By Jeff “Tank” Hoover
Driving down the gravel lane to one of my favorite hunting spots, I wave to Charlie, the live-in grounds keeper of the farm I’m about to hunt. Charlie is 80 years old, give or take, I’m not sure if even he knows, or cares. Lean and ramrod straight from a lifetime of hard work, I stop my ‘98 Tahoe and chat with him for a few minutes while he enjoys a smoke.
Charlie jokes he could use a young deer for meat this winter. I tell him if I’m lucky enough to score, it’s his. I have given Charlie several deer in the past over the years. He is always grateful, and always chides me for shooting the shoulders out. “Why don’t ‘cha neck shoot ‘em so’s ya don’t waste so much meat?” The bantering continues until Charlie wishes me “good luck” and I thank him as I ease away.
The late muzzleloader season has always been my favorite. The orange army has retreated to their warm homes and the woods are quiet, almost returned to normal. The trees are bare and the woods take on that grey ghost appearance reminding us of the impending winter.
During this time of year the deer usually feed at night and are back in their beds before sunrise. Morning hunts are usually for naught, with the afternoons and evenings more productive. It’s a time to be able to sleep-in on a day off, or catch a hunt after work — if you hurry.
Today found me on top of a favorite ridge, overlooking two benches to my rear and a thick, nasty tangle of mountain laurel, grape vine, wild rose and thorn bush, to my front, simply perfect buck habitat. Past experience has shown deer like to come from my front, meander down the two benches, then graze in the large field of winter wheat. During winter, fighting vanishing daylight, you have to head the deer off before dark. You know where they’re headed. It’s just a matter of time — and luck — to guess from where they will be creeping in.
A Short Wait
It was 2:40 pm when I was all settled. Sitting against an ancient oak tree I start to relax and melt into the environment. I take in my surroundings, appreciative of the pre-winter beauty with a sharp eye out for any movement.
Today, it didn’t take long. A little before four, I heard the unmistakable crunching and scurrying of leaves to my left. I could see four or five does playing tag with a chunky buck, and he was “it” — chasing them merrily around in a tight circle. They were about 75 yards off, give or take, and in the thickest part of the woods.
I instinctively brought my TC Encore muzzleloader up to my eye as I cocked the hammer. Peering through the Leupold 3X9 scope, I found my buck. The only problem was his head and neck were the only thing exposed as he hid behind a large tree. I usually frown on neck shots, but put the cross hairs on his neck anyway, not knowing if I would shoot — unless it felt right. The cross hairs stayed on his neck, perfectly still, as if they were tattooed there. Then I surprised myself.
I hardly realized I had fired. It was as if I’d been on auto-pilot for that shot. I guess my trigger finger knew best at that moment.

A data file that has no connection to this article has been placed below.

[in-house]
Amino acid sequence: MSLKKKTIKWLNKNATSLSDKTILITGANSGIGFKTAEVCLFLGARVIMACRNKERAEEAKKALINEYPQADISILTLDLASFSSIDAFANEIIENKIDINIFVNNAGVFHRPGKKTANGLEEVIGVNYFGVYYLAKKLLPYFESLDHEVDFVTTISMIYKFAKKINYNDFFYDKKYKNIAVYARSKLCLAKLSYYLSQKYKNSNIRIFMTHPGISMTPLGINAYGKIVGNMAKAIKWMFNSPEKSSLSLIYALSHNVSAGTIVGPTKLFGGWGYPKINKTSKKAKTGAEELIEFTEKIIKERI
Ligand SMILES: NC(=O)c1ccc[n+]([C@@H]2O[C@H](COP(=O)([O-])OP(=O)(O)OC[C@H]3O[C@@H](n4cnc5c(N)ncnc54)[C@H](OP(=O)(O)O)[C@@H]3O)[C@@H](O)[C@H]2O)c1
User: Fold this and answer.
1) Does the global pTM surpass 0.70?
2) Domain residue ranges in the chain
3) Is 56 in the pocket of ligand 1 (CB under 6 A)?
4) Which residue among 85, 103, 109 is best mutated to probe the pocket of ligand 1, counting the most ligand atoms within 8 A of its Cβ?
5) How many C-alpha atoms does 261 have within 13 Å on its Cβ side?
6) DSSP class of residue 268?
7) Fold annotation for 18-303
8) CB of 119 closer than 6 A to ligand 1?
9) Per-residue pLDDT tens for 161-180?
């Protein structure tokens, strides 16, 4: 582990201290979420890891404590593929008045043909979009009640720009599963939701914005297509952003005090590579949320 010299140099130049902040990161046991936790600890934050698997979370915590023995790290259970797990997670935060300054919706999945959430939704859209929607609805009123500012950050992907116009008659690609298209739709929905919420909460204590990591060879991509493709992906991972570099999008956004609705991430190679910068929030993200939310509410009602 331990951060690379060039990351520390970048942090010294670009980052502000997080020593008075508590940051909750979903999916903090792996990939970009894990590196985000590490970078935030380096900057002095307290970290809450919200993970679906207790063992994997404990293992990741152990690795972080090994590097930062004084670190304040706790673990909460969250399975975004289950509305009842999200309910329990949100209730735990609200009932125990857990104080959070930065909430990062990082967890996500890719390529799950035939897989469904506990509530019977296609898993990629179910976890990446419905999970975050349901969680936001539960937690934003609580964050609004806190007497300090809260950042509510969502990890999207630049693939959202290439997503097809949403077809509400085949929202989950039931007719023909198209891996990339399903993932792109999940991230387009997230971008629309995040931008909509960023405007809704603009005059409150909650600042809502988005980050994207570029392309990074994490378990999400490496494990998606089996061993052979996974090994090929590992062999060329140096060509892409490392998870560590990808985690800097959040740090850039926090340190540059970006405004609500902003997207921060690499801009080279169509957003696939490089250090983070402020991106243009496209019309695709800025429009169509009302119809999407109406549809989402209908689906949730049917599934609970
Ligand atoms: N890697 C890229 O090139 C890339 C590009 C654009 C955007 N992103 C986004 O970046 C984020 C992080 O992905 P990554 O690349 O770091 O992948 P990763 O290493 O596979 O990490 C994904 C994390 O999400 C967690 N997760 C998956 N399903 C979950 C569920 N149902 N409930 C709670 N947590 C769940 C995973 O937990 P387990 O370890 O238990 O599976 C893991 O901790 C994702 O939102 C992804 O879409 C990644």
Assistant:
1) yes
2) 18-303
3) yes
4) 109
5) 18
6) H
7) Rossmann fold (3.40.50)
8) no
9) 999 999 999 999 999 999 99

The explosion of 150 grains of triple 7 behind a 250 gr. shock wave bullet in a ribbed sabot startled me, as I subconsciously tripped that trigger. When the smoke cleared, all was quiet. This can be a good thing, or a bad thing. Either the deer was dead in his tracks, or it was a clear miss, and he snaked his way through the thick maze of vegetation without sight or sound of him.
It’s amazing, no matter how calm, cool and collected we are prior to, and after the shot, I kinda’ go to pieces afterward. I made this shot off-hand, sitting on my rump. My hunting jacket has shrunk, as have most of my clothes over the years, and is a tad snug. Whenever bringing my arms up to the shooting position, that snugness adds immensely to the stability of my arms, whether shooting rifle or sixgun. Guess it is kinda’ like a shooting jacket, without the straps. Or at least I like to think so.
With shaking hands, I reload the front stuffer, getting up on shaky knees. Amazing, after all these years, I still wobble after every shot at a game animal, be it groundhog, deer, elk or other varmint. I start the walk toward the fallen tree I thought the buck was standing behind. I get to where he was — and no deer.
That empty sinking feeling kicks in. I look around, replaying the shot. It felt perfect though. I keep looking, my heart thumping, anxiety beginning to take hold — “How could I have missed” I keep thinking —then there he is. Twenty yards further out, there he lays. Amazing how those roller coaster feelings can change so quickly.
It has been a good day, after all.
After admiring my buck, and giving thanks for him, he is tagged, gutted and dragged down to the field. I walk back to my Tahoe, stow my gear and load up the buck.
As I ride back, there’s Charlie, illuminated in my headlights, leaning against his fence. “How’d ya make out? I heard some shootin’” he says. With the smell of wood smoke in the air from his ancient potbelly stove, I tell Charlie about the hunt. Charlie tells me about his family coming tomorrow, Christmas Eve, and how excited he is to be seeing them. With a straight face, I ask him if his grand kids, and great grand kids like smoked venison. “That they do, know where I can get any?”
We drag the 6-pointer out of my Tahoe. Charlie examines the gutted gift and says, “Shame ya’ shot him in the neck, ruined a few roasts.” I laugh, some things never change.
“Merry Christmas, Charlie,” as I start to pull away, feeling pretty darn good. Charlie tells me how he plans on smoking the hams for Christmas, and frying up some back straps for dinner tonight, his voice fading as I drive away.
The crunch of the gravel lane sounds soothing as I head for home.
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